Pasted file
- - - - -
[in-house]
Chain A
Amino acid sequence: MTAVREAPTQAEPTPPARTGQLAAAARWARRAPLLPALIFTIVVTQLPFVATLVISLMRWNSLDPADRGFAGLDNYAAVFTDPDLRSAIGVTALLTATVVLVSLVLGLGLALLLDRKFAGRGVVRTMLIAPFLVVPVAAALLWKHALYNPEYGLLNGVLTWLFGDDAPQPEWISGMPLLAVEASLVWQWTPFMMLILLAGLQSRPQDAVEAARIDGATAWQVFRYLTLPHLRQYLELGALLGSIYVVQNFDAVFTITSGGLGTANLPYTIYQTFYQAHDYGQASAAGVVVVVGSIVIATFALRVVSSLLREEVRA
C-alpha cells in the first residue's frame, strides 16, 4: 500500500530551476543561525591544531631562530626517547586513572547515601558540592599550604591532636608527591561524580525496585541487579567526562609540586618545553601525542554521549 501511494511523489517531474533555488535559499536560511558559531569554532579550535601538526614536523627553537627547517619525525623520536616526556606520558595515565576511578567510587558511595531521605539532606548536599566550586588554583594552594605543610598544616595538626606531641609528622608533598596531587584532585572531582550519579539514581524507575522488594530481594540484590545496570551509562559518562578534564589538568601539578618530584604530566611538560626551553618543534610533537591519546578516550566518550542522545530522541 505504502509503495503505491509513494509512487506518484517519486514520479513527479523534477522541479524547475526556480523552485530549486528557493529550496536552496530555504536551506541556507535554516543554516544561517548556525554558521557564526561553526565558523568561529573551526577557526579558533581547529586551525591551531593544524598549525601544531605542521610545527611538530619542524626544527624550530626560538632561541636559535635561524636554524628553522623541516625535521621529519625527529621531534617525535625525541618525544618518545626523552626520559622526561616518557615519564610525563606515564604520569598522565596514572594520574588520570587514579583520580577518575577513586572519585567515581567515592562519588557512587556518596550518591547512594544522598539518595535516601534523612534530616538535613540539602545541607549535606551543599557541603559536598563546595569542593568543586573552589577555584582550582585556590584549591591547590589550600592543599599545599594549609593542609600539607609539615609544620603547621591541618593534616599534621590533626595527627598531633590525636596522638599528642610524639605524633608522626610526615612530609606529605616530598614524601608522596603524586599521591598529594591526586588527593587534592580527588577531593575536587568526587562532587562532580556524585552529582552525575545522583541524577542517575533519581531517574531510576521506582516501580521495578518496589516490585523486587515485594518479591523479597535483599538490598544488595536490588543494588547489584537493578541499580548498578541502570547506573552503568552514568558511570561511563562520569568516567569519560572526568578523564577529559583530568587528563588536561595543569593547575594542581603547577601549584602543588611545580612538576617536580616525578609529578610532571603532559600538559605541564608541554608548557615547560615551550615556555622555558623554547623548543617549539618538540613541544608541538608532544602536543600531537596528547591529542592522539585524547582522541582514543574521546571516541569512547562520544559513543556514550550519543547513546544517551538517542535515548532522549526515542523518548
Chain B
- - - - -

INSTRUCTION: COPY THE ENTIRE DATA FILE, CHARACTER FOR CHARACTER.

[in-house]
Chain A
Amino acid sequence: MTAVREAPTQAEPTPPARTGQLAAAARWARRAPLLPALIFTIVVTQLPFVATLVISLMRWNSLDPADRGFAGLDNYAAVFTDPDLRSAIGVTALLTATVVLVSLVLGLGLALLLDRKFAGRGVVRTMLIAPFLVVPVAAALLWKHALYNPEYGLLNGVLTWLFGDDAPQPEWISGMPLLAVEASLVWQWTPFMMLILLAGLQSRPQDAVEAARIDGATAWQVFRYLTLPHLRQYLELGALLGSIYVVQNFDAVFTITSGGLGTANLPYTIYQTFYQAHDYGQASAAGVVVVVGSIVIATFALRVVSSLLREEVRA
C-alpha cells in the first residue's frame, strides 16, 4: 500500500530551476543561525591544531631562530626517547586513572547515601558540592599550604591532636608527591561524580525496585541487579567526562609540586618545553601525542554521549 501511494511523489517531474533555488535559499536560511558559531569554532579550535601538526614536523627553537627547517619525525623520536616526556606520558595515565576511578567510587558511595531521605539532606548536599566550586588554583594552594605543610598544616595538626606531641609528622608533598596531587584532585572531582550519579539514581524507575522488594530481594540484590545496570551509562559518562578534564589538568601539578618530584604530566611538560626551553618543534610533537591519546578516550566518550542522545530522541 505504502509503495503505491509513494509512487506518484517519486514520479513527479523534477522541479524547475526556480523552485530549486528557493529550496536552496530555504536551506541556507535554516543554516544561517548556525554558521557564526561553526565558523568561529573551526577557526579558533581547529586551525591551531593544524598549525601544531605542521610545527611538530619542524626544527624550530626560538632561541636559535635561524636554524628553522623541516625535521621529519625527529621531534617525535625525541618525544618518545626523552626520559622526561616518557615519564610525563606515564604520569598522565596514572594520574588520570587514579583520580577518575577513586572519585567515581567515592562519588557512587556518596550518591547512594544522598539518595535516601534523612534530616538535613540539602545541607549535606551543599557541603559536598563546595569542593568543586573552589577555584582550582585556590584549591591547590589550600592543599599545599594549609593542609600539607609539615609544620603547621591541618593534616599534621590533626595527627598531633590525636596522638599528642610524639605524633608522626610526615612530609606529605616530598614524601608522596603524586599521591598529594591526586588527593587534592580527588577531593575536587568526587562532587562532580556524585552529582552525575545522583541524577542517575533519581531517574531510576521506582516501580521495578518496589516490585523486587515485594518479591523479597535483599538490598544488595536490588543494588547489584537493578541499580548498578541502570547506573552503568552514568558511570561511563562520569568516567569519560572526568578523564577529559583530568587528563588536561595543569593547575594542581603547577601549584602543588611545580612538576617536580616525578609529578610532571603532559600538559605541564608541554608548557615547560615551550615556555622555558623554547623548543617549539618538540613541544608541538608532544602536543600531537596528547591529542592522539585524547582522541582514543574521546571516541569512547562520544559513543556514550550519543547513546544517551538517542535515548532522549526515542523518548
Chain B